New York’s Green Theatre Collective promotes minimalist, eco-friendly theater around the world.
ANUPSHAHR, INDIA and NEW YORK, NY -- If you have a theatrical production, and you take away the costumes, the props, the set, the sound and lighting, and the stage, what are you left with? This is not a trick question. As logic would have it, you’re left with the actors and the ground beneath their feet, a particular story to tell and the people who have come to hear it. For New York’s Green Theatre Collective, these core ingredients are enough.
The Green Theatre Collective, one of the country’s first eco-theatre companies, champions this sort of threadbare minimalism, setting its performances in unadorned outdoor venues so that the natural environment becomes an integral aspect of the audience’s experience (as seen in Photos 1 and 2). To avoid consuming natural resources, members of the collective select costumes from their own wardrobes, seek acoustically advantageous settings, and use the sun as a single, powerful (if sometimes finicky) spotlight.
The GTC’s Education Director, Melanie Closs, holds a degree in Theatre Education from Emerson College. After graduating, she spent two years teaching drama and music to 4th graders in San Francisco before embarking on an around-the-world journey that took her, among other places, to Pardada Pardadi Educational Society in Anupshahr, India. Melanie volunteered at this private, all-girls school for a month, teaching the first drama classes its students had ever seen (as seen in Photos 3-6). Through drama, she sought to build the girls’ confidence, engender creative thinking, and address pressing social issues. By the end of the month, the girls had written two original pieces and performed them for the school community and a nearby village.
At Pardada Pardadi School, where many classrooms do not have desks, making due with very little is not a choice but a circumstantial necessity. Sustainability is not a trendy buzzword; it is an accepted way of life. When it comes to putting on a play, cutting scenery out of sheets of poster board or spending money on costumes that may only be used once is not an option. While this lack of funding and resources is a serious problem, stuff-laden consumers from other parts of the world might find something to be gleaned something from this sort of simplicity. Buying things is not a prerequisite to using one’s imagination.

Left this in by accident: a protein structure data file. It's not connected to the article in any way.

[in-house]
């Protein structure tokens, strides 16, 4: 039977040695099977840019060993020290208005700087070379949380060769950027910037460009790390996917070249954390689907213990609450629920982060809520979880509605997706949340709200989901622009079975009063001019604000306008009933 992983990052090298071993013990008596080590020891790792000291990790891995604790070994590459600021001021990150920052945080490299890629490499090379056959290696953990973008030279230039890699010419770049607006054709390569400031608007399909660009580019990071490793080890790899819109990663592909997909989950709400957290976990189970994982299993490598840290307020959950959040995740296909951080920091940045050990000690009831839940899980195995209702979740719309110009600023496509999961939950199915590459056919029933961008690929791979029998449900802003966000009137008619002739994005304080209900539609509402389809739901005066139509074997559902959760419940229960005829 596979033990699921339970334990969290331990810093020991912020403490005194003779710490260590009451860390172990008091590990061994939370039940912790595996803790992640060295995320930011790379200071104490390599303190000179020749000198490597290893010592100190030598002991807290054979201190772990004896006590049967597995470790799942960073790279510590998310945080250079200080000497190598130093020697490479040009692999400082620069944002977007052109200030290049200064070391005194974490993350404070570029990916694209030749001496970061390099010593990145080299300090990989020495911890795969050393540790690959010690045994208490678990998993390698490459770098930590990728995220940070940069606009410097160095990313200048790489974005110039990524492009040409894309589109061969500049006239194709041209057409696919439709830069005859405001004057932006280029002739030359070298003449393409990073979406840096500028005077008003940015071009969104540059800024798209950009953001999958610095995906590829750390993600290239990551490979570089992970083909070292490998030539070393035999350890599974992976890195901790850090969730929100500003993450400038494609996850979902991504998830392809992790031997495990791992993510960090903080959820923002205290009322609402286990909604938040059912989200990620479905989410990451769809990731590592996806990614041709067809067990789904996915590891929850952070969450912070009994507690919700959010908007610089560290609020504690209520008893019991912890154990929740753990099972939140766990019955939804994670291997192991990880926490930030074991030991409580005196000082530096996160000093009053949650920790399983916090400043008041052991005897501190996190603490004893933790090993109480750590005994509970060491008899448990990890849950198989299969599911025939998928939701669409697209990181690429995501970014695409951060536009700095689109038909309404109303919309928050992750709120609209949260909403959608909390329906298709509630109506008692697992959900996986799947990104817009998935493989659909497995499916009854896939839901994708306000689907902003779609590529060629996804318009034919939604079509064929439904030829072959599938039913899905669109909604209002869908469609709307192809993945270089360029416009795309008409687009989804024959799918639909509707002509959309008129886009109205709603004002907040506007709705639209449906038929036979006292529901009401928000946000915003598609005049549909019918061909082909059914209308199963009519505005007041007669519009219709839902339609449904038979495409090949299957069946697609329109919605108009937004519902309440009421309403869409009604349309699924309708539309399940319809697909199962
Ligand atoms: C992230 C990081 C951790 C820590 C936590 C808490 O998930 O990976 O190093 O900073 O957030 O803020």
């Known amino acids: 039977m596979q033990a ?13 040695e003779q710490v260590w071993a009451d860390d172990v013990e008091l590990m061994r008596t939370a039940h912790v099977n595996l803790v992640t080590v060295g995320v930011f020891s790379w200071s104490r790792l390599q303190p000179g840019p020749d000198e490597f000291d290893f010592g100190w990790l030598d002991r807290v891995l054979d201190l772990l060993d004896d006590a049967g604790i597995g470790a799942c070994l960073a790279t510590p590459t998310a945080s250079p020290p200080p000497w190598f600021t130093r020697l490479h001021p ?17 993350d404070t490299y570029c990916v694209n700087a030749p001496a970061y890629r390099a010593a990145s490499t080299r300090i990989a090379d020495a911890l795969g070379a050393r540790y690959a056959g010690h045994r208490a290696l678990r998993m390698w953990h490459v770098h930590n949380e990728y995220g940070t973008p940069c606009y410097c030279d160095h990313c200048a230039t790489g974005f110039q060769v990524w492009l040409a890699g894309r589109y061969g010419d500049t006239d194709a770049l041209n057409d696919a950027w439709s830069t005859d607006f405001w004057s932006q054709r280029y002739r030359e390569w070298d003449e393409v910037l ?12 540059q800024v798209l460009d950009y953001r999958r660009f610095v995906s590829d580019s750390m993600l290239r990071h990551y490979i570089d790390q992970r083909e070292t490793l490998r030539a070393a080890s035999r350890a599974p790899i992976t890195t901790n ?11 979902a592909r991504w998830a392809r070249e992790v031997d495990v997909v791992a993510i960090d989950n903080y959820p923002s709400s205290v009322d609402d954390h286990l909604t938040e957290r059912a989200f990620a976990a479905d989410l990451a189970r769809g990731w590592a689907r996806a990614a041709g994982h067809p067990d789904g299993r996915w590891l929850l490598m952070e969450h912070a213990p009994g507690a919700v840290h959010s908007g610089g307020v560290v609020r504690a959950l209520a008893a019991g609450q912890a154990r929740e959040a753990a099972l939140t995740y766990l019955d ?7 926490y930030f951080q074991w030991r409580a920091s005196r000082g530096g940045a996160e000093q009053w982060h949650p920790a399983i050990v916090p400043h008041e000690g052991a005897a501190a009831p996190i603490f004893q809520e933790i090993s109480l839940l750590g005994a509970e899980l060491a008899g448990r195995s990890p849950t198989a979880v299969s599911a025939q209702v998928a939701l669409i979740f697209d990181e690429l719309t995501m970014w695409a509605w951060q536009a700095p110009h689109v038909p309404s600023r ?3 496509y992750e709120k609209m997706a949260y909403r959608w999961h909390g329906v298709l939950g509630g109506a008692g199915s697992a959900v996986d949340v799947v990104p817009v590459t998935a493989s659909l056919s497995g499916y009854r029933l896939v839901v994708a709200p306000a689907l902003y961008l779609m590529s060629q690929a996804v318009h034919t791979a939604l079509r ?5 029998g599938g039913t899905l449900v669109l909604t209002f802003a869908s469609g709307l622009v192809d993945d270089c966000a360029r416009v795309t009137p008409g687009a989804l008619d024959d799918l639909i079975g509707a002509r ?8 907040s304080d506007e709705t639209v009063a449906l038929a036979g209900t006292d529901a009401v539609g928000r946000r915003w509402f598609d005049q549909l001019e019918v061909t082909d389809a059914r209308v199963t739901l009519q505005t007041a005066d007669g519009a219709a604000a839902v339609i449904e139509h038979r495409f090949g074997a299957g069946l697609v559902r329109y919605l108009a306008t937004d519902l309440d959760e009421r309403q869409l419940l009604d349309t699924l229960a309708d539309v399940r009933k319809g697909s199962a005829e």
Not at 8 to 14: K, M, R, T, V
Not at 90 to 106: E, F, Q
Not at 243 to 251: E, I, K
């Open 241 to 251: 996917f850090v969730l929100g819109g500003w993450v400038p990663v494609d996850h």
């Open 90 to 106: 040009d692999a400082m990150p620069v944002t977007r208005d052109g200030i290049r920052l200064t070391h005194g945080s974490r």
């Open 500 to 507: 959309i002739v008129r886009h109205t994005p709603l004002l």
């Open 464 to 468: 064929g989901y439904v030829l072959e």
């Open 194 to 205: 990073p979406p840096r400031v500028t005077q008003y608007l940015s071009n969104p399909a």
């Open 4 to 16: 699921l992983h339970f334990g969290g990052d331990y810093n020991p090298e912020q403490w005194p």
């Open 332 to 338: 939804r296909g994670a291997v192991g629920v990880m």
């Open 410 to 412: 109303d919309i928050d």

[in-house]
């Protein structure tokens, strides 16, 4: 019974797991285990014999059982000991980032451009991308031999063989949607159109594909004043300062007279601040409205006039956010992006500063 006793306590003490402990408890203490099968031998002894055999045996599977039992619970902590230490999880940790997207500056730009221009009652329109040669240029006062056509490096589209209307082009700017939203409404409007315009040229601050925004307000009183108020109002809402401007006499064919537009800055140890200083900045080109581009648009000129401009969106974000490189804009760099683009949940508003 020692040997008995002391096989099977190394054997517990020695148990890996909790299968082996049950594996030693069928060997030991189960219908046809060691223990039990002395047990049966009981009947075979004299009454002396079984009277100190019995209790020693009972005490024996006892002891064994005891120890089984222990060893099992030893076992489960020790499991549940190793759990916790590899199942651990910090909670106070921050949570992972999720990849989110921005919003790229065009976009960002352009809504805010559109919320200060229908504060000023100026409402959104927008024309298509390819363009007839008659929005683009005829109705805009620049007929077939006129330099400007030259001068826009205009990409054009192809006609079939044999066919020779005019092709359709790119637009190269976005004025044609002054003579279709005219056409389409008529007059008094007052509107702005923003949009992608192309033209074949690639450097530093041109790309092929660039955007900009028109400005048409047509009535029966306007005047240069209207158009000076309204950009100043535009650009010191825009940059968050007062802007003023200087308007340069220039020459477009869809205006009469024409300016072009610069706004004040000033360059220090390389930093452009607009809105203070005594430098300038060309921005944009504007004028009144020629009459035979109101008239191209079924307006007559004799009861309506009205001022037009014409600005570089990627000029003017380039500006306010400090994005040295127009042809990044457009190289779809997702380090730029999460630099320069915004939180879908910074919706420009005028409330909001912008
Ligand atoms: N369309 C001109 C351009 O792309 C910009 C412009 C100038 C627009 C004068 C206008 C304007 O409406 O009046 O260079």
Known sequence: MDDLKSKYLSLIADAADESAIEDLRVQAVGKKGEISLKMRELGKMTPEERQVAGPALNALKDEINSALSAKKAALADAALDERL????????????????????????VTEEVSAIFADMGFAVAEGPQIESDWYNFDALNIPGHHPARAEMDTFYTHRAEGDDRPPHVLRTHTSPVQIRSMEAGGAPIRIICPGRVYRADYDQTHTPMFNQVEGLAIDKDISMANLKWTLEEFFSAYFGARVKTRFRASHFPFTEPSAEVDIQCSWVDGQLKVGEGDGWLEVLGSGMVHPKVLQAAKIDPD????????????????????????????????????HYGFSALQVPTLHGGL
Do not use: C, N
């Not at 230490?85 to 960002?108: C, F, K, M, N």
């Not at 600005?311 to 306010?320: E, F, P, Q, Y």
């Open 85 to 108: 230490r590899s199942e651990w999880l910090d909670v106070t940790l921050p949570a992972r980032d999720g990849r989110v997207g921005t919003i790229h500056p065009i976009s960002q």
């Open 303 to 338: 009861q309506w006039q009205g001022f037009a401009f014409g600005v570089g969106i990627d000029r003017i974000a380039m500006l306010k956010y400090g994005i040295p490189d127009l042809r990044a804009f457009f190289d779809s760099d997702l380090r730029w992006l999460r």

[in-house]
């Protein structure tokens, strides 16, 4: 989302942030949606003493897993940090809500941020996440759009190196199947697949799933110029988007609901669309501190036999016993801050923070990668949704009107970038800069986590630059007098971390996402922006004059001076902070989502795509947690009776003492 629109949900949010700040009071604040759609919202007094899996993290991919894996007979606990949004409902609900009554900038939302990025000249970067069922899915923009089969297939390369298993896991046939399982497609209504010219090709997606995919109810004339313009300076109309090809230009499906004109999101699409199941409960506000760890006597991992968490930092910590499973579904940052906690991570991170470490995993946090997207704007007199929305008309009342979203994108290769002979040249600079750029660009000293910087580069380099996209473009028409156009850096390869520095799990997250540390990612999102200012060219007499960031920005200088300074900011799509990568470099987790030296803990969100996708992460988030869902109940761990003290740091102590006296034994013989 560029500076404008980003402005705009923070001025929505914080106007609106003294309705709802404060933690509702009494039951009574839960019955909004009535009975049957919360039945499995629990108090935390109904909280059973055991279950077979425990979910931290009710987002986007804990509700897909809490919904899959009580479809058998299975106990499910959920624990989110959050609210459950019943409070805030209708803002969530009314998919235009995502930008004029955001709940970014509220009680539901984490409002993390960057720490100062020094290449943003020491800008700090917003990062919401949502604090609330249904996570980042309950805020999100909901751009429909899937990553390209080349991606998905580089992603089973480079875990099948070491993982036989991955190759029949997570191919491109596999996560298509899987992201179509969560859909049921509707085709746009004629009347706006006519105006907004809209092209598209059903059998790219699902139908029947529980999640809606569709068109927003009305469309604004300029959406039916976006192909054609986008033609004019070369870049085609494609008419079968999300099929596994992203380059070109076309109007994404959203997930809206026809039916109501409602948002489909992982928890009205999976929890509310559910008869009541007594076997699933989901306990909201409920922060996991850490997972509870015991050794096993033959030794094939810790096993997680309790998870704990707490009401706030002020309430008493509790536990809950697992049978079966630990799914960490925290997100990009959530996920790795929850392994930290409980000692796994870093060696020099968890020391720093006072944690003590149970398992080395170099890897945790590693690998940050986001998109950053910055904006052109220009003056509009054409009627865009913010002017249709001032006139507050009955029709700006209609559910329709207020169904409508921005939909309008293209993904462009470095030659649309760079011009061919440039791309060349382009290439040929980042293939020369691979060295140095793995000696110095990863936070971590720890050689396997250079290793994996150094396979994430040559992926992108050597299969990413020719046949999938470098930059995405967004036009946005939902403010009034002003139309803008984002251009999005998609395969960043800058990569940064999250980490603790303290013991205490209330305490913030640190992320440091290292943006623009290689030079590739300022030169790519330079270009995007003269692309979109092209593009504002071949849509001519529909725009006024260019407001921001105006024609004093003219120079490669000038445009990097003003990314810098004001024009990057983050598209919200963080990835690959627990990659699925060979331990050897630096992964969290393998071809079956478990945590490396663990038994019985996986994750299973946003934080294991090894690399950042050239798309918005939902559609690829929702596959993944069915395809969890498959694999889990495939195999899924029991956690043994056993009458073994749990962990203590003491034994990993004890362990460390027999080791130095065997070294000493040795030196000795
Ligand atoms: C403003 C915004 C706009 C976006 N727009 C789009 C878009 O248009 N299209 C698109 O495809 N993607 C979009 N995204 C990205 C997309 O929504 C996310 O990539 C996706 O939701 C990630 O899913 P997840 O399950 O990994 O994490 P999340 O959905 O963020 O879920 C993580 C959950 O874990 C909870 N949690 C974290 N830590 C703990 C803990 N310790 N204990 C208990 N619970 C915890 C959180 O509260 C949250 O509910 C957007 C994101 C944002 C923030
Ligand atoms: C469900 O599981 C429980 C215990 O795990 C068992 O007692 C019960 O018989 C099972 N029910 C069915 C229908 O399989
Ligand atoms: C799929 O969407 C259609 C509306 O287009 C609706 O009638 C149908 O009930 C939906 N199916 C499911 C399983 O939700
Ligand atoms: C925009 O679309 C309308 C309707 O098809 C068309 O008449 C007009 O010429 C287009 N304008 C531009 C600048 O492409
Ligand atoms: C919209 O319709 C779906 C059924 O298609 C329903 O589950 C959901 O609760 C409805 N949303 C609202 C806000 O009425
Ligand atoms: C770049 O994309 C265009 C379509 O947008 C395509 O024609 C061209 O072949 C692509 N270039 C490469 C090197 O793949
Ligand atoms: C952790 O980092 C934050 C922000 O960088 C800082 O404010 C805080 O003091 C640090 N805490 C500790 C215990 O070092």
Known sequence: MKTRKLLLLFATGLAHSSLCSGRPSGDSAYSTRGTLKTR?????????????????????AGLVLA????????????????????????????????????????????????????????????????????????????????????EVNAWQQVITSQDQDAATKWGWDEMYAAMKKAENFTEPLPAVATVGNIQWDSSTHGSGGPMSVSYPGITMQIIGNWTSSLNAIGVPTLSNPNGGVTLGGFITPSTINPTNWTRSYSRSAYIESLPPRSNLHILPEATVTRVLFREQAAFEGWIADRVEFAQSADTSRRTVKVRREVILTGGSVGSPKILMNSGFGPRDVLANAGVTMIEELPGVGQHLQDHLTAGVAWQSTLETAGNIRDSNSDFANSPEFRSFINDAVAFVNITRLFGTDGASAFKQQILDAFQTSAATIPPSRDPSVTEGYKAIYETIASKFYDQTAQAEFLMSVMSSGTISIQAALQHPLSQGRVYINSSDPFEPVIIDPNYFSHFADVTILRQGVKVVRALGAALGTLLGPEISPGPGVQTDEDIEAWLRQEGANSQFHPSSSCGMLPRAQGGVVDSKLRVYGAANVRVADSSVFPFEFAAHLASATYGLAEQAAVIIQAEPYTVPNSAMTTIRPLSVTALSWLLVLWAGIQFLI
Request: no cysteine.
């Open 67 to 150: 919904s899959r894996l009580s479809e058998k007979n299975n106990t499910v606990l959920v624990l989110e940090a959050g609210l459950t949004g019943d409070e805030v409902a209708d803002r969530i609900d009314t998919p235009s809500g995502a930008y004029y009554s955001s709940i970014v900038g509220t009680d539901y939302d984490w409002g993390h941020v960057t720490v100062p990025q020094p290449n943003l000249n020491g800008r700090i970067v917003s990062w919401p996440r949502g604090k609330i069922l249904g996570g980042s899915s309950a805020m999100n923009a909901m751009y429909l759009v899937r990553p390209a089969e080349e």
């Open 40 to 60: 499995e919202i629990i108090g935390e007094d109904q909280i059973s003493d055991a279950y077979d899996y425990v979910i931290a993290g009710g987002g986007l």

After her travels, Melanie moved back to her native New York, where she became involved in the newly budding Green Theatre Collective through its Director, fellow Emerson grad Hal Fickett. She found that her time in India deeply informed her relationship to its mission. Currently, she directs a program called Green Scene at Packer Collegiate Institute in Brooklyn, where her students write and perform short scenes that deal with environmental problems. These pieces will be performed outdoors, in typical GTC fashion, for the rest of the school on Earth Day.
Melanie is now planning a second trip to India, this time with others from the GTC, to establish a theater program at Pardada Pardadi School that will continue to sustain itself after they leave. The GTC will work with the school’s teachers, training them not only to lead drama classes, but also how drama might be used as a tool in their classrooms. Older students, paired with teacher mentors, will take leadership positions amongst the younger girls in their drama groups. By addressing culturally pertinent issues such as the dowry system and child marriage, students’ plays will serve as a platform from which they can act out possible solutions to real life problems. No matter how the stage is set, or not set, their characters will have the power to act out a hopeful ending.
You can donate here to help ensure a brighter future for the young women of Pardada Pardadi Educational Society.
Photos 1 and 2 courtesy of Sarah Hankins.
Photos 3-6 courtesy of Melanie Closs.
By: Ellen Brown
this article was printed from www.thalo.com/articles/view/313/